Immediately, I noticed a few things about the SL 70. First and foremost, this machine is q.u.i.e.t. Seriously quiet. If this were an acoustic guitar player, my Pasquini Livia would be The Who, Live at Leeds, at 11 on the amps. The difference is that noticeable. Kudos to those zany Swiss for their sound muffling abilities - my understanding is that this machine uses the same type of pump that the Rancilios, Gaggias, and even my Livia uses.
Another thing I noticed. This machine gets nice and hot. The grouphead got very hot, the portafilter, the steam wand are all naturally hot, but the sides and cup warmer area got up to a nice temperature as well. Big plus for those who seek temperature stability.
So for my inaugural shot I used... some Illy preground. Opened about two weeks ago. Where was my head?
| Filters galore. Clockwise from top left: unpressurized single, unpressurized double, pressurized double, pressurized single. Click to enlarge. |
Well, I'll tell you where my head was - I was going to test just how much darned crema that stale, stanky Illy preground would produce in that pressurized gizmo double filter they ship with the machine. Earlier in the day, I locked and loaded up a La Pavoni Professional with that same Illy preground, and all I got was a chocolate brown smudge in the cup, with a bare whisper of some pale golden stuff at the edges. Let's see what the Solis SL 70 could do.
And guess what. LOTS of crema on that shot. Which just goes to show you - crema enhancers are not good for you. It's true. Crema is supposed to be one of those indicators of a good espresso shot. It isn't window dressing or a fancy book cover. It actually serves a real purpose, but you take away that purpose with these crema enhancing doo dads.
So I had this double shot of Illy skankly old ground, and I stared at it. I knew it was going to taste even worse the longer I left it, and I am an intrepid product tester, ready and sometimes willing to take risks you at home should never even attempt.
So I drank it. It took me half a day to get my tastebuds back. It will take weeks to get them to forgive me. I hope you're all happy.
After my tastebuds did sort of come back, I used some fresh roasted, fresh ground (from a Solis Maestro no less) in the machine and decided to see if the crema enhancers would hurt what could be a good shot. I pulled a shot using the identical ground coffee from a Pasquini Livia as a benchmark, and it was good, really darned good. Then I locked and loaded a preheated SL 70, and I got...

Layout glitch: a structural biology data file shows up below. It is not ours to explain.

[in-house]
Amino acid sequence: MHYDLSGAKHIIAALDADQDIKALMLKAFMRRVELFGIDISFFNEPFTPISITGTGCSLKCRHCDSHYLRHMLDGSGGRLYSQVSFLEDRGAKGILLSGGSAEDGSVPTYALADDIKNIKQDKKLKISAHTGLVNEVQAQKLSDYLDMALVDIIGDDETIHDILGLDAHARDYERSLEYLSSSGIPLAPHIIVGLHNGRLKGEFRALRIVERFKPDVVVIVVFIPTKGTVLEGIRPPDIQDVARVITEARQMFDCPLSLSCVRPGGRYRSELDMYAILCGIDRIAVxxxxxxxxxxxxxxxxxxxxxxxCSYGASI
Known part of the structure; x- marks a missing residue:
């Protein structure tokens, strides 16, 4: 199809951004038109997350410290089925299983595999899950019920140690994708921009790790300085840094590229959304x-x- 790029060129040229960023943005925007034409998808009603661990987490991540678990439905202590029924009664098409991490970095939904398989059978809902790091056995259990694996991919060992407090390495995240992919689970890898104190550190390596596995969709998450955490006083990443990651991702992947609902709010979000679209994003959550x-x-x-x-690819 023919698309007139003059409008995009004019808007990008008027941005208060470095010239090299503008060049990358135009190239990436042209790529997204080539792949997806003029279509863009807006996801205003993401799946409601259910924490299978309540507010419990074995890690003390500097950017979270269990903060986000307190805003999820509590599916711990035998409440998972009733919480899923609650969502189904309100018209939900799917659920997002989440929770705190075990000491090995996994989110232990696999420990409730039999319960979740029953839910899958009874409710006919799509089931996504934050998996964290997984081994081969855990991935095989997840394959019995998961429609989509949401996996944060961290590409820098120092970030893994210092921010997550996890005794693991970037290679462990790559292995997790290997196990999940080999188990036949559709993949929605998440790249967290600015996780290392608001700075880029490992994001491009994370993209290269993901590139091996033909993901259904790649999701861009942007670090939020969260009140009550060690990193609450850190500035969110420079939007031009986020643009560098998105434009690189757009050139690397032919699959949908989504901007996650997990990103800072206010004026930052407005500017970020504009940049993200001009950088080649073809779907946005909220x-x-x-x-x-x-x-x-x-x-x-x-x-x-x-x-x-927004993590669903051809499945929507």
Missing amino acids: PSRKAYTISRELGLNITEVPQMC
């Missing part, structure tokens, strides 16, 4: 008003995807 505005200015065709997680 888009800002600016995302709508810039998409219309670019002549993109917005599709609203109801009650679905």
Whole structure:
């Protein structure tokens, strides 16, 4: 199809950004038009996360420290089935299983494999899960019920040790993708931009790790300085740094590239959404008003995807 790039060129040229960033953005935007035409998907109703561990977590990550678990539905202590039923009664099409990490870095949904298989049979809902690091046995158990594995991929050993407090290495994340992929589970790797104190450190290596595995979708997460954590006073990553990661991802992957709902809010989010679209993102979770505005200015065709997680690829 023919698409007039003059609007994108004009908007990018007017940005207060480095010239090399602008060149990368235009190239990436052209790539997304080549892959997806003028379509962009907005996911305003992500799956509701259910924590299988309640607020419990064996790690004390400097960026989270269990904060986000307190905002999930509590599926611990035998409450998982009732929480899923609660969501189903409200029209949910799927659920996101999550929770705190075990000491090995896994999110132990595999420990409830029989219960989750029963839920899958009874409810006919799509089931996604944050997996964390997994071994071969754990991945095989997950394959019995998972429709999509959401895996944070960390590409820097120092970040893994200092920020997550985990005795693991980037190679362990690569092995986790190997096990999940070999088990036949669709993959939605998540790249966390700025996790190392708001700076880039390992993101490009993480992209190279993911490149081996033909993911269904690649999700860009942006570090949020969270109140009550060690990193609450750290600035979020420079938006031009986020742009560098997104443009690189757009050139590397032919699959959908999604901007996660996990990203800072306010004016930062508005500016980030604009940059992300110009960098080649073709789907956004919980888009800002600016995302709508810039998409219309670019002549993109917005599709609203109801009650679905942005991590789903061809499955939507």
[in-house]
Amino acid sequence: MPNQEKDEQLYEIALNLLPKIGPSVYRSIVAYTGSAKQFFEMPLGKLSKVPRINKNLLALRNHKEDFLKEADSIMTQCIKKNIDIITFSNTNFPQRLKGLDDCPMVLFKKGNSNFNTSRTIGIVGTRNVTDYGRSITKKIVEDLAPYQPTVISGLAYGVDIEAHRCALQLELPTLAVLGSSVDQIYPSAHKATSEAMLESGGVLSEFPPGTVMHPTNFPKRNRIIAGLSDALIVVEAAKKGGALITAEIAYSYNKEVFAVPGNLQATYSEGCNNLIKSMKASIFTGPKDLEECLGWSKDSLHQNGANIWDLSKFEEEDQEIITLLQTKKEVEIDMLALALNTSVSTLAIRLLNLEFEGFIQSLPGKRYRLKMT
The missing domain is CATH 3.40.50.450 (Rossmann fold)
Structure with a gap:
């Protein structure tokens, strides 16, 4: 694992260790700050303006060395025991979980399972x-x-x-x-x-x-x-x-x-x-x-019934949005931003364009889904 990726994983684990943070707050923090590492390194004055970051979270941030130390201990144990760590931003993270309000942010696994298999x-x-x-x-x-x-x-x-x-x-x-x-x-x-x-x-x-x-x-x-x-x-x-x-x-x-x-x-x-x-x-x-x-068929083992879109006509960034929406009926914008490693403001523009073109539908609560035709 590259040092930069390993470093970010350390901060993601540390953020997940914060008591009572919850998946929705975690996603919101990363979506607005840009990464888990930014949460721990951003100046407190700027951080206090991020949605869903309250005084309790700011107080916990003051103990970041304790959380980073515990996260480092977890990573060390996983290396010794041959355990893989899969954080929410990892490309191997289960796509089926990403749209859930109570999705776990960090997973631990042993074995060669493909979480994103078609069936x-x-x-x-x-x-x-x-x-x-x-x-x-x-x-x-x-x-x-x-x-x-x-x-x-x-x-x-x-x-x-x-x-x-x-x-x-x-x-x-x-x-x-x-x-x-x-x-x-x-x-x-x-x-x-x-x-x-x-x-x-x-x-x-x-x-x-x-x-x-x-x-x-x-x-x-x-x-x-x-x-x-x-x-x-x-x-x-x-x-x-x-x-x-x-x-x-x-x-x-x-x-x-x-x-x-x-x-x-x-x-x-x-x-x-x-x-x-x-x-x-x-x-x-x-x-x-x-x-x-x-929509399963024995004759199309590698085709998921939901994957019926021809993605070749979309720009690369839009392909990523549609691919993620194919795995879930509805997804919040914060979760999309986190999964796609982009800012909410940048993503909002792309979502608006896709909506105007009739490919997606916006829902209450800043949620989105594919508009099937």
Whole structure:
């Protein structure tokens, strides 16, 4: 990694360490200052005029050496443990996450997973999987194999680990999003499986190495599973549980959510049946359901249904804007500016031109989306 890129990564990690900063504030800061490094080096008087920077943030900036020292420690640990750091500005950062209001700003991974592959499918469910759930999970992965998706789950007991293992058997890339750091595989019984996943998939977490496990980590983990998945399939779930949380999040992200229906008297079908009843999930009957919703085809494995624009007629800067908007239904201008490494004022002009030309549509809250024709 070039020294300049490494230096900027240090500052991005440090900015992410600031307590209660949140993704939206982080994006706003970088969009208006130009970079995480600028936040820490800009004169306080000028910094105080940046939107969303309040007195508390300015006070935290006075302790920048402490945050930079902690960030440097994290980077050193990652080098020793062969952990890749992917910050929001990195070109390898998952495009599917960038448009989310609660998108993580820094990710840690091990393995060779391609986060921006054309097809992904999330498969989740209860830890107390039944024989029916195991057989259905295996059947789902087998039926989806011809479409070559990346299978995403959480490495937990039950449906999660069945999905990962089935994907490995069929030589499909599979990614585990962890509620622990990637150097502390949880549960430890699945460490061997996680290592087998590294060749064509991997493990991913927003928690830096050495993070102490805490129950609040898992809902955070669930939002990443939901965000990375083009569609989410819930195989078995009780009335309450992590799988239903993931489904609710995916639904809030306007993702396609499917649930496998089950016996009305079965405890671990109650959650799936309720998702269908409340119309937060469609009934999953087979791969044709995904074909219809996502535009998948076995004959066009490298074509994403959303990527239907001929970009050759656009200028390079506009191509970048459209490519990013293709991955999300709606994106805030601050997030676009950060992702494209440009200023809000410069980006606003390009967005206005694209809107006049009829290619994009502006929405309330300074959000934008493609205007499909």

Lots of crema. Lighter than the Livia. But good... good. Not as good as the Livia shot, but pretty good, all things considered. It seemed to be missing some body, some texture, defects that I attribute almost 100% to the crema enhancers. But who knows, I destroyed my tastebuds earlier in the day (thanks to you folks out there!! Don't you ever get enough!!), so it may take several weeks before I can be "real" again, and really judge the differences in taste. Stay tuned for the Detailed Review for more on this.
| The pod adapter did this! Mmm. False Guinness Effect... Click to enlarge. |
My next session with the machine was with Baratza's aftermarket unpressurized filters. Now we're talking. We need no stinkin' crema enhancing gizmos, and after an initial dial in period, the shots were coming good and very good. Dial in is a tricky thing, so I'm not prepared to make judgements, good or bad at this early stage with regards to the shot output.
Towards end of the day, I was feeling frisky, so I tried a couple of pod shots. I should point out this machine is not ESE certified, but you know what? As far as pod shot production goes, this SL 70 ain't too bad. Tons of crema on my first pod attempt, (the pod basket is also a crema enhancer, I should point out) and as a builder drink (milk based), it serves its purpose. And nothin's easier than pods. Except maybe a super auto - which can also produce a better shot of espresso, but at what cost... at what cost.
The first few days with the SL 70
Let me tell you one thing right off the bat. That special person, the one who lives with me in our house? She loved this machine. Much more so than my Livia. Know why? Because it's q.u.i.e.t. Very quiet. Elmer Fudd hunting wabbits quiet. The only machines quieter are the manual piston machines, which don't have a pump at all.
| Steam ability and functionality is a perk on this machine. Simple, but works. Click to enlarge. |
Quiet does not equate any weakness with this machine - it is, as they say, a performer. And as the days progressed, I discovered other factors that can be considered "perks". They include:
- Steam power and then some. Just like its bigger sibling, the SL-70 makes serious use of its big stack boiler. And the steam tip is just bam - it creates the same kind of turbulent rolling action the big boys do. It takes a bit longer than the Rancilio Silvia to steam 10 ounces of milk (about 55 seconds) but I found that very acceptable. It is a single hole tip, and the wand only moves front to back, but I'm okay with that.